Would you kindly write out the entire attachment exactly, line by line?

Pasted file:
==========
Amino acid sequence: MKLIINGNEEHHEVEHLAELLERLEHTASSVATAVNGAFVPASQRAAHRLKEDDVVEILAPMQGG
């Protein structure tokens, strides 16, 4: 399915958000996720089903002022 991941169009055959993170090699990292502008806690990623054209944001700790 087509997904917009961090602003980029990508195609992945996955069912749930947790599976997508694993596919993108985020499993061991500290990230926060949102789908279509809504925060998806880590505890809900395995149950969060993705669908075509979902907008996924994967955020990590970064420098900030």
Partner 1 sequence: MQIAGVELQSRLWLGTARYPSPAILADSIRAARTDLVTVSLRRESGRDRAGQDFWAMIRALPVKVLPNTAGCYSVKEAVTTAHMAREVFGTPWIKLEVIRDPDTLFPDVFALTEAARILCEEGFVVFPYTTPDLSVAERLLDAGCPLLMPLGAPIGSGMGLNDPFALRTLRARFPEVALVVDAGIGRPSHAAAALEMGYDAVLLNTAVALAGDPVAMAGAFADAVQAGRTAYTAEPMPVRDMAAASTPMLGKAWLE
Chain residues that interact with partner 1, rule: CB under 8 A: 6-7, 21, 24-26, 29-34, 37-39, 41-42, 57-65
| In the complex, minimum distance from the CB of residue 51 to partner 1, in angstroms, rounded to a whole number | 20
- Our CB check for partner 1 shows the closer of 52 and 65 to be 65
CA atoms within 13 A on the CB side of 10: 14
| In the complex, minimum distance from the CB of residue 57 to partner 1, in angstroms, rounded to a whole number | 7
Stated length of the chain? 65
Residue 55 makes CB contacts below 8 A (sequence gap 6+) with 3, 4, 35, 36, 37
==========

Amino acid sequence: MKLIINGNEEHHEVEHLAELLERLEHTASSVATAVNGAFVPASQRAAHRLKEDDVVEILAPMQGG
């Protein structure tokens, strides 16, 4: 399915958000996720089903002022 991941169009055959993170090699990292502008806690990623054209944001700790 087509997904917009961090602003980029990508195609992945996955069912749930947790599976997508694993596919993108985020499993061991500290990230926060949102789908279509809504925060998806880590505890809900395995149950969060993705669908075509979902907008996924994967955020990590970064420098900030």
Partner 1 sequence: MQIAGVELQSRLWLGTARYPSPAILADSIRAARTDLVTVSLRRESGRDRAGQDFWAMIRALPVKVLPNTAGCYSVKEAVTTAHMAREVFGTPWIKLEVIRDPDTLFPDVFALTEAARILCEEGFVVFPYTTPDLSVAERLLDAGCPLLMPLGAPIGSGMGLNDPFALRTLRARFPEVALVVDAGIGRPSHAAAALEMGYDAVLLNTAVALAGDPVAMAGAFADAVQAGRTAYTAEPMPVRDMAAASTPMLGKAWLE
Chain residues that interact with partner 1, rule: CB under 8 A: 6-7, 21, 24-26, 29-34, 37-39, 41-42, 57-65
| In the complex, minimum distance from the CB of residue 51 to partner 1, in angstroms, rounded to a whole number | 20
- Our CB check for partner 1 shows the closer of 52 and 65 to be 65
CA atoms within 13 A on the CB side of 10: 14
| In the complex, minimum distance from the CB of residue 57 to partner 1, in angstroms, rounded to a whole number | 7
Stated length of the chain? 65
Residue 55 makes CB contacts below 8 A (sequence gap 6+) with 3, 4, 35, 36, 37